The claimant worked as a Cover Supervisor for Basildon Academies two days a week. He had a second job with a College on other days, which he had not told Basildon about (in breach of an express contractual requirement to do so). The claimant was suspended by the College after complaints of assault made by a pupil. He did not inform Basildon about this, who subsequently found out about the allegations after police enquiries. The claimant was ultimately dismissed by Basildon on the basis that his failure to tell it about either his other job, or the allegations of assault made by the College pupil, amounted to gross misconduct.
The tribunal, upheld by the EAT, found that the dismissal was unfair. Although the employee's terms and conditions of employment expressly required him to disclose any conviction or caution other than minor motoring offences, they did not require him to report to his employer allegations of the sort that had been made about his conduct in his other job. The EAT observed that although national standards for teachers and those responsible for the care of children at a school may impose such an obligation, these had not been referred to before the tribunal or the EAT.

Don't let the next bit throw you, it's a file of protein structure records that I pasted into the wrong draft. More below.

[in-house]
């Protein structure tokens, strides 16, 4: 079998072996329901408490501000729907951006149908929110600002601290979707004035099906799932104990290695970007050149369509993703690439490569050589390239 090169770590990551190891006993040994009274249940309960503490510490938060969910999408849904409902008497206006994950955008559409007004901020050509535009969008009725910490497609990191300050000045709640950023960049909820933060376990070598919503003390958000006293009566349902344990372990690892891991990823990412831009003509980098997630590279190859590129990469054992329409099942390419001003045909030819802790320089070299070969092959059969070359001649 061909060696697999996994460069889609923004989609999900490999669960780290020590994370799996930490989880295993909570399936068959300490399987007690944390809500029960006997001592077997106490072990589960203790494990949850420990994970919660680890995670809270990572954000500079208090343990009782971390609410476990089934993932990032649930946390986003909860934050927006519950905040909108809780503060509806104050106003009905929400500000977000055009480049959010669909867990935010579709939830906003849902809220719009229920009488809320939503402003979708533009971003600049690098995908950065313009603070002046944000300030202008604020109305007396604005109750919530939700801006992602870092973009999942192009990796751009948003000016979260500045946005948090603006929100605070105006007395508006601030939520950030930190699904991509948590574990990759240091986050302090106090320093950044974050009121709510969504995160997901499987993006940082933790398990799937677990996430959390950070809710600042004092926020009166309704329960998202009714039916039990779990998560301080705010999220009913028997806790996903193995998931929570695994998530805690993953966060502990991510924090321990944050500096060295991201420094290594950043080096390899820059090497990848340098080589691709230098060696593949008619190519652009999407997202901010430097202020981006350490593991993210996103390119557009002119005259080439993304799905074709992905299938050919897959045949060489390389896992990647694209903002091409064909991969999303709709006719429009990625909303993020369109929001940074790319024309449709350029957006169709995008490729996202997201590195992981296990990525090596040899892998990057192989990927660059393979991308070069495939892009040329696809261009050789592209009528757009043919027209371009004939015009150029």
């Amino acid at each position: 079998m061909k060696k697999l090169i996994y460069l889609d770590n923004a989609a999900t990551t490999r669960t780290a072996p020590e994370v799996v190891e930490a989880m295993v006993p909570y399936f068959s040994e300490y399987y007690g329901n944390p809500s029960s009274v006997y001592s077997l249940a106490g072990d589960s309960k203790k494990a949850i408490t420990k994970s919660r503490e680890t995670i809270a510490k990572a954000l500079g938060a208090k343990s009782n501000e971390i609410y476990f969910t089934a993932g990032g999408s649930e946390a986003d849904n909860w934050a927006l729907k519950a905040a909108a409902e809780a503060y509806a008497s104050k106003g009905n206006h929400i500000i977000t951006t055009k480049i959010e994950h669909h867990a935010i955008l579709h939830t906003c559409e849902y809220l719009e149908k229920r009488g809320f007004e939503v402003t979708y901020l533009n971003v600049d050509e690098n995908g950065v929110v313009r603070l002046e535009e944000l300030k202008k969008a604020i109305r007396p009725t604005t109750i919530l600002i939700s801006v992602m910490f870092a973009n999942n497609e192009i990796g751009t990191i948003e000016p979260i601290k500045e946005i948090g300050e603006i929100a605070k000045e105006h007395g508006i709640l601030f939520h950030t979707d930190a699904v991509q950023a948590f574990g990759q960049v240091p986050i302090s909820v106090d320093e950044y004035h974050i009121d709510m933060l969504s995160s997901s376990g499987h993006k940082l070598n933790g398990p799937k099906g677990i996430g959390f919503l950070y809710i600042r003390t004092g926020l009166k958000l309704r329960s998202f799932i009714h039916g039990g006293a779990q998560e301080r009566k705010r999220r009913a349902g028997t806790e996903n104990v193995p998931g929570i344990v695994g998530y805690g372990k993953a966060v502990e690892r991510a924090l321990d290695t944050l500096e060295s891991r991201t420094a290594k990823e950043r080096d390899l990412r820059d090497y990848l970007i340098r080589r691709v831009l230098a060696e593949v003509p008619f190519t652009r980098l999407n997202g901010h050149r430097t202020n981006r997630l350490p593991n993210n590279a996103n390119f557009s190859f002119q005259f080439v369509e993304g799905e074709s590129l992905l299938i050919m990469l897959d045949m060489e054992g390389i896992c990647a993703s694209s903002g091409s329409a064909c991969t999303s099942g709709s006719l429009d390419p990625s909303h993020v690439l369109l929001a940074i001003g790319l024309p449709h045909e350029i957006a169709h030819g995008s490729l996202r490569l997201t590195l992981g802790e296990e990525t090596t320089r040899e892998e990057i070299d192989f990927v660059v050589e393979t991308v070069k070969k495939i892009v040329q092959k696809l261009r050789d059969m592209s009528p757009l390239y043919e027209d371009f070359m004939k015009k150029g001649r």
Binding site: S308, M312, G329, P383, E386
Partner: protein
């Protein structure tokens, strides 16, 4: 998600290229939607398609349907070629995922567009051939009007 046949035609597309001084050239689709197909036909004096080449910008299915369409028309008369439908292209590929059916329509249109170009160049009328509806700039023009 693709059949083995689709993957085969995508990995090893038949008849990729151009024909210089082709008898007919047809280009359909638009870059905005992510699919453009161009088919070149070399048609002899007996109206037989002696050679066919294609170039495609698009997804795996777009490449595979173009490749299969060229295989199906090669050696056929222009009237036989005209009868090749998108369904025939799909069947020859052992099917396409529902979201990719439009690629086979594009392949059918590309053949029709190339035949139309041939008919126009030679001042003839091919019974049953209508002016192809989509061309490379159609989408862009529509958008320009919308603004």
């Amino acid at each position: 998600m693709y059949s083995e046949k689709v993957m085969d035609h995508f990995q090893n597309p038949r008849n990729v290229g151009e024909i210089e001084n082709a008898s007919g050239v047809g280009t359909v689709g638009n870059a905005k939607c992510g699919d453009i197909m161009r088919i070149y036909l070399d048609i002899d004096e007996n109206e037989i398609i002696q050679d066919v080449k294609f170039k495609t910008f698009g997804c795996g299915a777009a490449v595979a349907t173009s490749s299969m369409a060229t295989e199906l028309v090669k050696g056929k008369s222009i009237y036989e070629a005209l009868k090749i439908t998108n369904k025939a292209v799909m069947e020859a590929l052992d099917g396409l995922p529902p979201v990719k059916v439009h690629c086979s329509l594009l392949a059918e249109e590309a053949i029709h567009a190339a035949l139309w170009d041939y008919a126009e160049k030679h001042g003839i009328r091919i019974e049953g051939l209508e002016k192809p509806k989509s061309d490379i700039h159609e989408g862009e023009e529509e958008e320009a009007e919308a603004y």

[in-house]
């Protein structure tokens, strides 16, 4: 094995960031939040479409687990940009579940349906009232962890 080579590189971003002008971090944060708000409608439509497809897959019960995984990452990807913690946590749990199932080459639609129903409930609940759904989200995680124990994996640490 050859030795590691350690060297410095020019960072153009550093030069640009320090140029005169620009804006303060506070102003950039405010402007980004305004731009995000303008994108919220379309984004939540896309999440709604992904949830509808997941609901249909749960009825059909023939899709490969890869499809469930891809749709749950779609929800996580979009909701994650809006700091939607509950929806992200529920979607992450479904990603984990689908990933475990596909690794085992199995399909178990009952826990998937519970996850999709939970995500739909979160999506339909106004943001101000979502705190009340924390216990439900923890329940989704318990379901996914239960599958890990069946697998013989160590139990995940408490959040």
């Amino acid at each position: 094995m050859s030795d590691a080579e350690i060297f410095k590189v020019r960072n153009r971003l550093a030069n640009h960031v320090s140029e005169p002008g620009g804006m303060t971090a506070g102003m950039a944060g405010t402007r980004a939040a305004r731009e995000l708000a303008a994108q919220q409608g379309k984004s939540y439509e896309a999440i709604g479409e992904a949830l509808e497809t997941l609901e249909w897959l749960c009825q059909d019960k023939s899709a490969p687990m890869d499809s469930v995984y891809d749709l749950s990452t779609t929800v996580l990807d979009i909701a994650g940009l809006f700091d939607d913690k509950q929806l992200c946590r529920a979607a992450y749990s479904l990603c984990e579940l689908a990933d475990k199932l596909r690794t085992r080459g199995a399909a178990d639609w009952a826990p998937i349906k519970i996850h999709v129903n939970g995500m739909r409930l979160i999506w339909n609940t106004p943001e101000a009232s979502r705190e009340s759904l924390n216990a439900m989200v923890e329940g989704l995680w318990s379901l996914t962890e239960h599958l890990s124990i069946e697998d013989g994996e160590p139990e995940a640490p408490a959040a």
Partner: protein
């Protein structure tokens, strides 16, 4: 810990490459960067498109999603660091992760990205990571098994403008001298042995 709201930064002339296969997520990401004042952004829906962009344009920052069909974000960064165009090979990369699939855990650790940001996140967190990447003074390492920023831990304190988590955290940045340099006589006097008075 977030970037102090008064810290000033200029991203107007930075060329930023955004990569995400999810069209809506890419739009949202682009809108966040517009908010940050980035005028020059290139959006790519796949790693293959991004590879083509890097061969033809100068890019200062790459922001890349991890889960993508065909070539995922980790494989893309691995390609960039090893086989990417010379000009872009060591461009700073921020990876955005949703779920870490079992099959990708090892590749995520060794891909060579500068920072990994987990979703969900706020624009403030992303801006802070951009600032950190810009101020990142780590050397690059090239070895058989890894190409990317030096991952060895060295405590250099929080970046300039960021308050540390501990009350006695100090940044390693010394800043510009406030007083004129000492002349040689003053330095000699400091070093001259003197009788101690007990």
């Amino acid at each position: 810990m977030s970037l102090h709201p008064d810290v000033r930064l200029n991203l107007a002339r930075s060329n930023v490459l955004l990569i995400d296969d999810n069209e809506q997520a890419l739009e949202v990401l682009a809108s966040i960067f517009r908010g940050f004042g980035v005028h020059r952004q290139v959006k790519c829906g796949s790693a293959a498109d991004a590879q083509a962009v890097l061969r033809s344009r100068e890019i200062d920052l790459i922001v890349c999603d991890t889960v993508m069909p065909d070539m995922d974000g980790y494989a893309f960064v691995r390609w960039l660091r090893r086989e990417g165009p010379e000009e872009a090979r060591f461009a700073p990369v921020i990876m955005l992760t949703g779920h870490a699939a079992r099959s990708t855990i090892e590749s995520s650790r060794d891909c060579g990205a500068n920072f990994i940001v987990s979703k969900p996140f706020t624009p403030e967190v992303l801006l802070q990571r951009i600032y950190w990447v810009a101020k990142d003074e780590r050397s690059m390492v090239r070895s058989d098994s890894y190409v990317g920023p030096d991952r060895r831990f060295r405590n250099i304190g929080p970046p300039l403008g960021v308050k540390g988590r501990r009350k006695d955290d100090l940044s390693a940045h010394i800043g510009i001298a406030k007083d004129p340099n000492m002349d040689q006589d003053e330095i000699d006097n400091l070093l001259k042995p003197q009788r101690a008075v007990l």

Further, there was no implied term of his contract requiring the claimant to report the allegations to Basildon. Although there may be some situations in which an employee owes a duty to disclose his own misconduct to his employer, in no case had a duty ever been found to exist requiring an employee to report to his employer any allegation of impropriety that had been made against him, however ill founded.
In the absence of any express or implied duty to report the allegation that had been made against him, it was doubtful whether the employer could rely on a suggestion that the employee had committed an act of misconduct. In any event, the tribunal was entitled to conclude that the employer had not carried out a reasonable investigation into the allegations of misconduct, and that the decision to dismiss was outside the range of reasonable responses. The finding of unfair dismissal therefore stood, although compensation was reduced by 30% to reflect the claimant's failure to tell Basildon about his second job.